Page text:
In addition to stellar speakers, conference breakout sessions will feature topics covering social justice, civil rights and law, economic opportunities, education and community, and culture and community. These sessions will be guided by leaders from around the state and nation.

Other featured activities include poster competitions for high school and college students, and performances by the ROOTS of Sunflower County and the Delta Blues Museum Band.

The university will kick off this year’s conference with an open house on March 26 from 2-6 p.m. at the Amzie Moore House Museum and Interpretive Center located at 614 South Chrisman Avenue in Cleveland. A press conference honoring the work of Mississippi civil rights veterans will take place at the house at 3 p.m.

Conference activities will begin on campus at 8 a.m. on March 27 in the Bologna Performing Arts Center at Delta State.

For more information, contact Simmons at tsimmons@deltastate.edu.

Delegation attends racial reconciliation conference

By | Faculty/Staff, Students, Winning the Race | No Comments

A Delta State University delegation recently took part in Mission Mississippi’s annual Racial Reconciliation Celebration at the Jackson Convention Complex.

The full day of events focused on racial reconciliation, education and methods for Mississippians, from all walks of life, to work together to create a more unified Mississippi.

Mission Mississippi has been leading the way in racial reconciliation in the state for the past 23 years. Its model is to bring people together to build relationships across racial lines so they can work together to better their communities.

Delta State University faculty, staff and students attended the reconciliation event and participated in a small group session, panel discussion and luncheon.

Student delegates included: Stedmond Ware (graduate student and Delta State staff member), Amber Jordan, Kiara Bryant, Jarrica Carey, Kaviar Lewis, Hampton Strickland and Felicity Strotter. Dr. Temika Simmons represented the university’s faculty.

“The conference raised participant awareness of the significant role that churches and religious organizations can take in bridging racial divides,” said Simmons. “Participants were encouraged to take Mission Mississippi’s 30-day challenge to spend time with a person of another race, sharing, praying and encouraging one another and to share that journey with others via photos on social media. Participants were also encouraged to think of themselves as leaders in the communities for bridging racial gaps.”

“The event is significant in that it raises community awareness of persistent and systemic issues rooted in racial tensions — and empowers participants with ways to get involved to help heal and reunite communities and people,” added Simmons.

Neddie Winters, president of Mission Mississippi, and First Lady of Mississippi, Deborah Bryant, were two featured speakers at the affair.

Delta State’s annual Winning the Race Conference on race relations works in partnership with Mission Mississippi in support of initiatives and efforts to unite and heal groups traditionally separated by race-related divides. Attendance at the reconciliation event is among many sustained campus and community activities supported through the university’s Winning the Race initiative.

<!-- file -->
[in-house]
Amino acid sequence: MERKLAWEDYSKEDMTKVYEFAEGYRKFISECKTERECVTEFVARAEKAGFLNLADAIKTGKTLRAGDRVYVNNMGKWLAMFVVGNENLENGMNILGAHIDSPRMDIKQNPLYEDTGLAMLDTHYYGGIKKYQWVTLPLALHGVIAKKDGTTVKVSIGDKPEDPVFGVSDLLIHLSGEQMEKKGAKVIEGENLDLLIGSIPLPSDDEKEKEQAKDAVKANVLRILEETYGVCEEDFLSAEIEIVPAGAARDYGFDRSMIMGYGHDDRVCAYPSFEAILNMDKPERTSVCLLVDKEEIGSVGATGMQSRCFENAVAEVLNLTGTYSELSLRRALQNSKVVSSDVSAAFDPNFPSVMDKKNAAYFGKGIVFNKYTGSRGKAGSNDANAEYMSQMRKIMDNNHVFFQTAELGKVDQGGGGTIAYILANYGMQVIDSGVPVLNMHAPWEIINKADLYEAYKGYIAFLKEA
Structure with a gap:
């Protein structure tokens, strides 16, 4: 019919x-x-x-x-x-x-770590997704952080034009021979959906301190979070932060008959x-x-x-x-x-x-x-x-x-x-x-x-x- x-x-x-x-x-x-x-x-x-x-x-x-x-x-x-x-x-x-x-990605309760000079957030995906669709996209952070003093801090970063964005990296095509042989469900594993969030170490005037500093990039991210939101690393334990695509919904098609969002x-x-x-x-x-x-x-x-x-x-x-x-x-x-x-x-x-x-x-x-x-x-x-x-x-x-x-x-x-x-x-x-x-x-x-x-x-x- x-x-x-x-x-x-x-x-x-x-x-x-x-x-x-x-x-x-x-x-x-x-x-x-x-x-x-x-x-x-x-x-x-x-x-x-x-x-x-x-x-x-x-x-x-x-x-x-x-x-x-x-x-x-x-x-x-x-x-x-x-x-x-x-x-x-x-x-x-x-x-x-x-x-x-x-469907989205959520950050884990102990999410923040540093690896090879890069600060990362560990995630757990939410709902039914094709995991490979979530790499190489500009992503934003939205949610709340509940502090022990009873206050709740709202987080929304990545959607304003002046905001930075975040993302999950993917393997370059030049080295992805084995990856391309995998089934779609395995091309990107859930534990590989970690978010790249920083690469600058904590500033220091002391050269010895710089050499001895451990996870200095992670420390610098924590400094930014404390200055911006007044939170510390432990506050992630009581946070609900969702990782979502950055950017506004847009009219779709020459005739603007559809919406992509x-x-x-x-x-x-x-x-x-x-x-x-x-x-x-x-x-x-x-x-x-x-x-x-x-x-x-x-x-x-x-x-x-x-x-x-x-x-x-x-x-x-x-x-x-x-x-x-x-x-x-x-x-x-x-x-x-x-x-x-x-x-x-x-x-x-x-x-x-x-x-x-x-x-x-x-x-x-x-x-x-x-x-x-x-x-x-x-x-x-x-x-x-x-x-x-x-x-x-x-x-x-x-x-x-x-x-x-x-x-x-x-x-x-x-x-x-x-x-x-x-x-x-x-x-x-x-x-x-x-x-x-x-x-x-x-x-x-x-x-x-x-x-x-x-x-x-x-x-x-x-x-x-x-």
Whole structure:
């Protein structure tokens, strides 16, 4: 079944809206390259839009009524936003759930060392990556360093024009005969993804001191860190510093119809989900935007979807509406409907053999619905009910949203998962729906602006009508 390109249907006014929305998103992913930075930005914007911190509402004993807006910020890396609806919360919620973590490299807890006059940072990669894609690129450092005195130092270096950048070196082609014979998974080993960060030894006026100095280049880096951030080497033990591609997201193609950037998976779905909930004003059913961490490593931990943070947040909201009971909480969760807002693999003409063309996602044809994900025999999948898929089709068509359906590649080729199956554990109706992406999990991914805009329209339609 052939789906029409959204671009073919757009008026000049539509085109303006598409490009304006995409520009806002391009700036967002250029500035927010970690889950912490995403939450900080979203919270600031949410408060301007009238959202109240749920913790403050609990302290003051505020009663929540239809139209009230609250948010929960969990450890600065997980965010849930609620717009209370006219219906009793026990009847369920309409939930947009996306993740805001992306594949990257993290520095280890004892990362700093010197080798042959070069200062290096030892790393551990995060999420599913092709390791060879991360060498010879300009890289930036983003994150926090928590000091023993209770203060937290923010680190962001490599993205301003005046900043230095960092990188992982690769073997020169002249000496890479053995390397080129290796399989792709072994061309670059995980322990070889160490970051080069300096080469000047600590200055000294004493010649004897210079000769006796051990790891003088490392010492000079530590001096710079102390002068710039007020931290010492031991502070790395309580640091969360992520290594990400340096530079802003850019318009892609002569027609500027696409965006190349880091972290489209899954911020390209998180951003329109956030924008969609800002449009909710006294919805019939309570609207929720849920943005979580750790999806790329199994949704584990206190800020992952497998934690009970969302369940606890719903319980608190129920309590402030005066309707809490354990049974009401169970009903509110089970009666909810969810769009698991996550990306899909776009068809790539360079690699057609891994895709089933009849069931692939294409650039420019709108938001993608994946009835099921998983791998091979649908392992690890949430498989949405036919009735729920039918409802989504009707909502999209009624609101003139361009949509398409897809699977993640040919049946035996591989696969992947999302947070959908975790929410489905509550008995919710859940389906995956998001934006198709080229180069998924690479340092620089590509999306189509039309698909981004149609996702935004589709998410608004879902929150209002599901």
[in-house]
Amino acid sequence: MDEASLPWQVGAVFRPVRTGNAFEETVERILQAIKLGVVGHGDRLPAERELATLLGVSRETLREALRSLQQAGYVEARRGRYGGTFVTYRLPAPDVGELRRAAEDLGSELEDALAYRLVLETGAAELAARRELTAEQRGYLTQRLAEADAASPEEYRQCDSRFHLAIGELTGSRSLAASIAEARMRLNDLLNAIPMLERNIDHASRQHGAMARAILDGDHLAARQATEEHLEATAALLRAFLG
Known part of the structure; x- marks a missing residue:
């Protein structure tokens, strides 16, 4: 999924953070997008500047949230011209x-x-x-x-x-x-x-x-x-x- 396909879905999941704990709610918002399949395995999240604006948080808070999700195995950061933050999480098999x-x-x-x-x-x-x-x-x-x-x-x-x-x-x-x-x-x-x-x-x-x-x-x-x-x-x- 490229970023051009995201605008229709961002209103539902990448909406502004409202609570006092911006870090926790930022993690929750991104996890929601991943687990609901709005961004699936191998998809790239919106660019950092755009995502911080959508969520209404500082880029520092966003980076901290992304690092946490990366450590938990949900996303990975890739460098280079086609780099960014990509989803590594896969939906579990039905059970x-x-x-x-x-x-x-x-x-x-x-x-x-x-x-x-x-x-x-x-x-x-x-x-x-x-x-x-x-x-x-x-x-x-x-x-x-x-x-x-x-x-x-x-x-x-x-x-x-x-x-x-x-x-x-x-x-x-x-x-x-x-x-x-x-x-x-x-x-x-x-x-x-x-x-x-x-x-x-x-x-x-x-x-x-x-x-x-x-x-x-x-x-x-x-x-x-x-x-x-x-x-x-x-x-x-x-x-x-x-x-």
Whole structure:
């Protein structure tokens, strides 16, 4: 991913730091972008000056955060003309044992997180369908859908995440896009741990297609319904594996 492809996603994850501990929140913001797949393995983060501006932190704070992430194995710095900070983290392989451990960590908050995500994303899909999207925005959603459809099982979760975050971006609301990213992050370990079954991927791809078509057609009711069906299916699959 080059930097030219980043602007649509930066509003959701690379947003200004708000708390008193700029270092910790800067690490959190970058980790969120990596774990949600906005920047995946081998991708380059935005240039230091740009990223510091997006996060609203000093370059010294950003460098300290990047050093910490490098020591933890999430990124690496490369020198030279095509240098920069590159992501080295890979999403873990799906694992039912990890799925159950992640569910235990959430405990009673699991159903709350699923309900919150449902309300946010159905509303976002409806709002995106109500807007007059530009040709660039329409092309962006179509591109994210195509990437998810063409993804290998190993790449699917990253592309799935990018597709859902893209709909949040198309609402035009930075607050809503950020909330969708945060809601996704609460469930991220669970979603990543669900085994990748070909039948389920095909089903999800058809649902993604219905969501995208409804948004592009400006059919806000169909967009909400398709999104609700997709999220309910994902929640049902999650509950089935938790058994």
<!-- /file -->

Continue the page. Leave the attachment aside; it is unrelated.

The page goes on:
The vision of Mission Mississippi is to engage, equip and empower the next generation to build relationships across racial lines, to work together with better understanding, to build greater respect for one another, and to trust each other while making a better Mississippi together.

Learn more at http://missionmississippi.org/about-us.

Berman and Wise to be featured at Winning the Race

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Delta State University’s award-winning race relations conference, Winning the Race, will feature two highlight speakers at this year’s event which will be hosted on campus March 28-29.

Ari Berman is a contributing writer for The Nation magazine and an investigative journalism fellow at The Nation Institute. He has written extensively about American politics, civil rights and the intersection of money and politics. His stories have appeared in the New York Times, Rolling Stone and The Guardian, and he is a frequent political commentator on MSNBC, C-Span and NPR.

His new book, “Give Us the Ballot: The Modern Struggle for Voting Rights in America,” was published in August 2015 by Farrar, Straus and Giroux. Berman graduated from the Medill School of Journalism at Northwestern University with a degree in journalism and political science. He lives in New York City.

Tim Wise is the author of seven books, including his highly-acclaimed memoir, “White Like Me: Reflections on Race from a Privileged Son.” He has contributed chapters or essays to over 25 additional books and his writings are taught in colleges and universities across the nation. Wise appears regularly on CNN and MSNBC to discuss race issues.

Wise is among the nation’s most prominent antiracist essayists and educators and has spent the past 20 years speaking to audiences in all 50 states, on over 1,000 college and high school campuses, at hundreds of professional and academic conferences, and to community groups across the nation.

This year’s conference is titled “Winning the Race: Advancing Social Justice in Communities and Institutions.”

The inaugural program spearheaded by Delta State President William N. LaForge in 2014, was designed as an innovative academic conference. The 2016 schedule promises to build on the meaningful dialogue presented at previous conferences.

Follow all Winning the Race updates at http://www.deltastate.edu/president/winning-the-race/.